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A helping hand for premature babies as maternity unit shows improvement

Once ordered to take "urgent action" to improve safety - Medway Maritime Hospital's maternity department has made a turnaround.

The unit branded "inadequate" in 2013 and put into special measures - is now "good" - and outstanding in some areas.

And the specialist clinic for premature babies is recognised as offering excellent care - so what can the rest of the hospital learn?

Sarah Saunders spoke to mother Mofi Ariyo, neonatal unit matron Louise Proffit, Dr Aung Soe, mother Navjot Dusanj and Ranjit Akolekar of the foetal medicine unit.

James Cockram's son Joseph was at risk of a dangerously premature birth - but was eventually born at 34 weeks after his wife was given an operation to allow her to prolong the pregnancy. Also speaking, mother of Sienna - Louise Peters

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'Hospital safer, cleaner' Medway NHS Trust's response to CQC report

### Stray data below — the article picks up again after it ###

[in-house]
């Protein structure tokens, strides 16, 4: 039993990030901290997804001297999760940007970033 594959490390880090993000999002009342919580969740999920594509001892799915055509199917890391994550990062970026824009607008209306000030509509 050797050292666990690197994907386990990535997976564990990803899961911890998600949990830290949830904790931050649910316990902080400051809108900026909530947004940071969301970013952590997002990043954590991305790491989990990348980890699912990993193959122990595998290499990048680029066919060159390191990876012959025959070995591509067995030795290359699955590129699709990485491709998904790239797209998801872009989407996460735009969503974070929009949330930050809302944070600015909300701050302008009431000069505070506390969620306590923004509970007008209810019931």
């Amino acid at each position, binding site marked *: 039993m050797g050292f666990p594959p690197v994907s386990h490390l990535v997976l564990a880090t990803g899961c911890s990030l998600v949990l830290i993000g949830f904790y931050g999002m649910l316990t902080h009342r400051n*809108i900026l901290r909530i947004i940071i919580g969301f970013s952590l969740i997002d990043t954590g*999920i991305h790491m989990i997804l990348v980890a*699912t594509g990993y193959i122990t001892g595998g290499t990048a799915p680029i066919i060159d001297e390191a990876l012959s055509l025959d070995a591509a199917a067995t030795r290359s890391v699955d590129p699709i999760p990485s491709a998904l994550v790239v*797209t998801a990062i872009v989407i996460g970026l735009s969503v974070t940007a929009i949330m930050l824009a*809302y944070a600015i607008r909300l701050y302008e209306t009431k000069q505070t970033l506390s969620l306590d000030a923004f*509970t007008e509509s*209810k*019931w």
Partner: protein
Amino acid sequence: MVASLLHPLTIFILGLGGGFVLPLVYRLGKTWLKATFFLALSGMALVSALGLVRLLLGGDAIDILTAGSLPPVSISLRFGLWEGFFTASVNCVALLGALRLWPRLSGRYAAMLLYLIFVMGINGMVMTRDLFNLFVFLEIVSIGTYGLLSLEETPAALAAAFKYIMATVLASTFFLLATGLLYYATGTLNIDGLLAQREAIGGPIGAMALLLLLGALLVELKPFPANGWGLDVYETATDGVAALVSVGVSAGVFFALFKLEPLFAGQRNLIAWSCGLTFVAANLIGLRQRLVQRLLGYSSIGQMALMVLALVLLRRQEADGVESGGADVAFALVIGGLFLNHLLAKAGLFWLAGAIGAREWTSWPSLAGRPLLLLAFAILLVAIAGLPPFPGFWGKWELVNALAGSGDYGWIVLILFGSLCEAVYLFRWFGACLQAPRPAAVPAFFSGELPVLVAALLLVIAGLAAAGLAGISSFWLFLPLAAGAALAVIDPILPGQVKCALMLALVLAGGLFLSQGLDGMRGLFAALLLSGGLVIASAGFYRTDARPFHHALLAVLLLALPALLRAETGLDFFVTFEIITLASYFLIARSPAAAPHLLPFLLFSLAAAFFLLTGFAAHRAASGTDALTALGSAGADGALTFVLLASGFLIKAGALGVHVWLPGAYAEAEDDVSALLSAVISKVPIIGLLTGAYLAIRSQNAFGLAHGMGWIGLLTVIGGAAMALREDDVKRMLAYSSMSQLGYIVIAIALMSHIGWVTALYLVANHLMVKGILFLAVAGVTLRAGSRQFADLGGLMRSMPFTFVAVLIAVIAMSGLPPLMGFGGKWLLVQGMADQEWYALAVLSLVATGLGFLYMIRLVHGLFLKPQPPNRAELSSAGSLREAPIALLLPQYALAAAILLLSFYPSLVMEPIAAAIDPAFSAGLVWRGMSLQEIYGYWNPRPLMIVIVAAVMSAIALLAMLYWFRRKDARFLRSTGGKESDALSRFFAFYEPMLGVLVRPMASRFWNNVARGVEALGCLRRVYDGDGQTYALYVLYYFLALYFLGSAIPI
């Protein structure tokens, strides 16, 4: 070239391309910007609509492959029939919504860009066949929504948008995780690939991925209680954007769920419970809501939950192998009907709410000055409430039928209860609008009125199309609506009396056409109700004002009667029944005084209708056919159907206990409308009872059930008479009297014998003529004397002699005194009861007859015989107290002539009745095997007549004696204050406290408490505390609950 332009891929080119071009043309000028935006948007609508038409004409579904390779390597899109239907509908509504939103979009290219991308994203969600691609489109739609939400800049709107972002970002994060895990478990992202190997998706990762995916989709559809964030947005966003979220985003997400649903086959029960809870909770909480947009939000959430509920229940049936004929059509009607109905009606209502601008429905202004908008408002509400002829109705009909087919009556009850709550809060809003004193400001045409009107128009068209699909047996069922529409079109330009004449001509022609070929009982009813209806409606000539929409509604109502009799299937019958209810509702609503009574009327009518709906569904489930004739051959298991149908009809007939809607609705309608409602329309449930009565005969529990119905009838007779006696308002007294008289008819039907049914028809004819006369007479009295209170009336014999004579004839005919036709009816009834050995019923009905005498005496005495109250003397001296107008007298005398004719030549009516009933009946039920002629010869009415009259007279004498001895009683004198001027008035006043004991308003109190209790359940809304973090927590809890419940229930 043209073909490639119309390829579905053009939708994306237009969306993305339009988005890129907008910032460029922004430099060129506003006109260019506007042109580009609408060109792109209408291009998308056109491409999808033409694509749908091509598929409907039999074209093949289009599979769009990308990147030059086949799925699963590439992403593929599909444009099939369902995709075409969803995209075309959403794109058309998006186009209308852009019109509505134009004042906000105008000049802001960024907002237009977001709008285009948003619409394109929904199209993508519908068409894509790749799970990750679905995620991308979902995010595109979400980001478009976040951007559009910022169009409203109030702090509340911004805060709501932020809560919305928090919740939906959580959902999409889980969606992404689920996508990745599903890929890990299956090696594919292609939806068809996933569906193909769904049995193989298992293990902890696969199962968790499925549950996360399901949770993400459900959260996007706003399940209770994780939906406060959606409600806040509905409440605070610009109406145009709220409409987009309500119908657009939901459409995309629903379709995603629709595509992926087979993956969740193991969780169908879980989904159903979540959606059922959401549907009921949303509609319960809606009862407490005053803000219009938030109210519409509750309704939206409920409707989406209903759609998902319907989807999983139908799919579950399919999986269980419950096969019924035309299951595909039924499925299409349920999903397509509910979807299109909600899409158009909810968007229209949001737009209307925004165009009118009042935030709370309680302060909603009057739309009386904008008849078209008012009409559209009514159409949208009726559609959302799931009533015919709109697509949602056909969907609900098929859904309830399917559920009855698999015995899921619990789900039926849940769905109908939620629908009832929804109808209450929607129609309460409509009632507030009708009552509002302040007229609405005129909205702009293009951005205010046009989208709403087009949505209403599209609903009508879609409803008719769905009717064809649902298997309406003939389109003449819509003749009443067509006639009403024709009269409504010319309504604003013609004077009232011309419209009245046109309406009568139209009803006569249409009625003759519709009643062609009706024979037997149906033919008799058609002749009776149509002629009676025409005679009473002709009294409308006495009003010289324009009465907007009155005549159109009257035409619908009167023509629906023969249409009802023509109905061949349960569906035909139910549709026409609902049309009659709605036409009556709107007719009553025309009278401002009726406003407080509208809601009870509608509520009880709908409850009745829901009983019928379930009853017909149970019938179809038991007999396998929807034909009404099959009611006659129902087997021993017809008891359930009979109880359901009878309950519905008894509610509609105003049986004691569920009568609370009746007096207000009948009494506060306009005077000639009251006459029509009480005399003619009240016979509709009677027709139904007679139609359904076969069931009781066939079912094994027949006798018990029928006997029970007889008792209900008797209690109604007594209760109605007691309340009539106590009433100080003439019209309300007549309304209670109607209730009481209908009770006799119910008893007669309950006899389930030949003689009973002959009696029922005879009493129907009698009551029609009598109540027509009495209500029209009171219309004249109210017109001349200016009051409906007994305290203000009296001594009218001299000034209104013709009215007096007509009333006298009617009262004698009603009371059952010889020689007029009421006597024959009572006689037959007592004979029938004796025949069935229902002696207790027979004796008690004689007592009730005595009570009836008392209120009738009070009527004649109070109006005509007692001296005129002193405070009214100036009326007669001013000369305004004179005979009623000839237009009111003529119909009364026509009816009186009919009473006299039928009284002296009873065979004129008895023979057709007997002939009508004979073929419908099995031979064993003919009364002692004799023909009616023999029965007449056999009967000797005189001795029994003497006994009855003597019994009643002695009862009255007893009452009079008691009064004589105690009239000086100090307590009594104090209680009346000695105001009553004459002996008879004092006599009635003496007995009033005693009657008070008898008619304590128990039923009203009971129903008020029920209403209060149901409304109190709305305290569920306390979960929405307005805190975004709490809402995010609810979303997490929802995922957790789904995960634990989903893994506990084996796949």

The Chief Executive of Medway NHS Foundation Trust has responded to the Care Quality Commission assessment of the trust's care for patients following an inspection in March.

“Our ambition is to provide the best possible care to the people of Kent and Medway, and we know we still have a long way to go before we achieve that. Although we will remain in special measures, I am very pleased that the CQC has recognised that we have made significant improvements over the last few months. This is a tribute to the hard work our staff have put in to understand what wasn’t working, and make changes to benefit our patients.

“Since the CQC were here last summer, we have made the hospital safer, cleaner and more responsive to the needs of patients. Patients are now seen quicker when they arrive at the Emergency Department, see fewer different doctors, and are discharged to the comfort of their own homes quicker.